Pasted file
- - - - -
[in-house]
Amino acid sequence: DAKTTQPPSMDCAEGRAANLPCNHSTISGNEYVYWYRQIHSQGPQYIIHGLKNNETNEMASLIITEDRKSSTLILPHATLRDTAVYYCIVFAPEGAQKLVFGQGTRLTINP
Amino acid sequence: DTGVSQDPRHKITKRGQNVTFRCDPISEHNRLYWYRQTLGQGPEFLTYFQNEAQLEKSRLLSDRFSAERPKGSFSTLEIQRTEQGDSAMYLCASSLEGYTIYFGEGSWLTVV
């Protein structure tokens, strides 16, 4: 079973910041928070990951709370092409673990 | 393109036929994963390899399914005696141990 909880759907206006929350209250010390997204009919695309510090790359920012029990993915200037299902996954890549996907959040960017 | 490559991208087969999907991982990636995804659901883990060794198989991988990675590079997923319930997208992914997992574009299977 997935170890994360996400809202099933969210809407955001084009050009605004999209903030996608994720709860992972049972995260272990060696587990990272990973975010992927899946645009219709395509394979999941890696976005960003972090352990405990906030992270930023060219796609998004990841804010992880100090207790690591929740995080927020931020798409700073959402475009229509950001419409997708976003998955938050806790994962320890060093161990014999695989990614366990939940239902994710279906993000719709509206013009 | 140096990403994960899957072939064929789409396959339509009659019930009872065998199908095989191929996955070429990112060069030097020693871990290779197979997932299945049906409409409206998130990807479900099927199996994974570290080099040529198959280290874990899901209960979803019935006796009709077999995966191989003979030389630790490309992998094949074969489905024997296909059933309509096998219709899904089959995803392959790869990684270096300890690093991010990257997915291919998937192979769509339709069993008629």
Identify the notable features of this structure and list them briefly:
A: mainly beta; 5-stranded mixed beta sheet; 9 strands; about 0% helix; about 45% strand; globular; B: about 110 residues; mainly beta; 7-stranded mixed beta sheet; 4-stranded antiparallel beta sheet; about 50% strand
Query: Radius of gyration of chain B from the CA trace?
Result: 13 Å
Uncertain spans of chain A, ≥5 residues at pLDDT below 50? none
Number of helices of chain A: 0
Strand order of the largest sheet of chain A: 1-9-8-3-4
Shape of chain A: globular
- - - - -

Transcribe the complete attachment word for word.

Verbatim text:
[in-house]
Amino acid sequence: DAKTTQPPSMDCAEGRAANLPCNHSTISGNEYVYWYRQIHSQGPQYIIHGLKNNETNEMASLIITEDRKSSTLILPHATLRDTAVYYCIVFAPEGAQKLVFGQGTRLTINP
Amino acid sequence: DTGVSQDPRHKITKRGQNVTFRCDPISEHNRLYWYRQTLGQGPEFLTYFQNEAQLEKSRLLSDRFSAERPKGSFSTLEIQRTEQGDSAMYLCASSLEGYTIYFGEGSWLTVV
């Protein structure tokens, strides 16, 4: 079973910041928070990951709370092409673990 | 393109036929994963390899399914005696141990 909880759907206006929350209250010390997204009919695309510090790359920012029990993915200037299902996954890549996907959040960017 | 490559991208087969999907991982990636995804659901883990060794198989991988990675590079997923319930997208992914997992574009299977 997935170890994360996400809202099933969210809407955001084009050009605004999209903030996608994720709860992972049972995260272990060696587990990272990973975010992927899946645009219709395509394979999941890696976005960003972090352990405990906030992270930023060219796609998004990841804010992880100090207790690591929740995080927020931020798409700073959402475009229509950001419409997708976003998955938050806790994962320890060093161990014999695989990614366990939940239902994710279906993000719709509206013009 | 140096990403994960899957072939064929789409396959339509009659019930009872065998199908095989191929996955070429990112060069030097020693871990290779197979997932299945049906409409409206998130990807479900099927199996994974570290080099040529198959280290874990899901209960979803019935006796009709077999995966191989003979030389630790490309992998094949074969489905024997296909059933309509096998219709899904089959995803392959790869990684270096300890690093991010990257997915291919998937192979769509339709069993008629």
Identify the notable features of this structure and list them briefly:
A: mainly beta; 5-stranded mixed beta sheet; 9 strands; about 0% helix; about 45% strand; globular; B: about 110 residues; mainly beta; 7-stranded mixed beta sheet; 4-stranded antiparallel beta sheet; about 50% strand
Query: Radius of gyration of chain B from the CA trace?
Result: 13 Å
Uncertain spans of chain A, ≥5 residues at pLDDT below 50? none
Number of helices of chain A: 0
Strand order of the largest sheet of chain A: 1-9-8-3-4
Shape of chain A: globular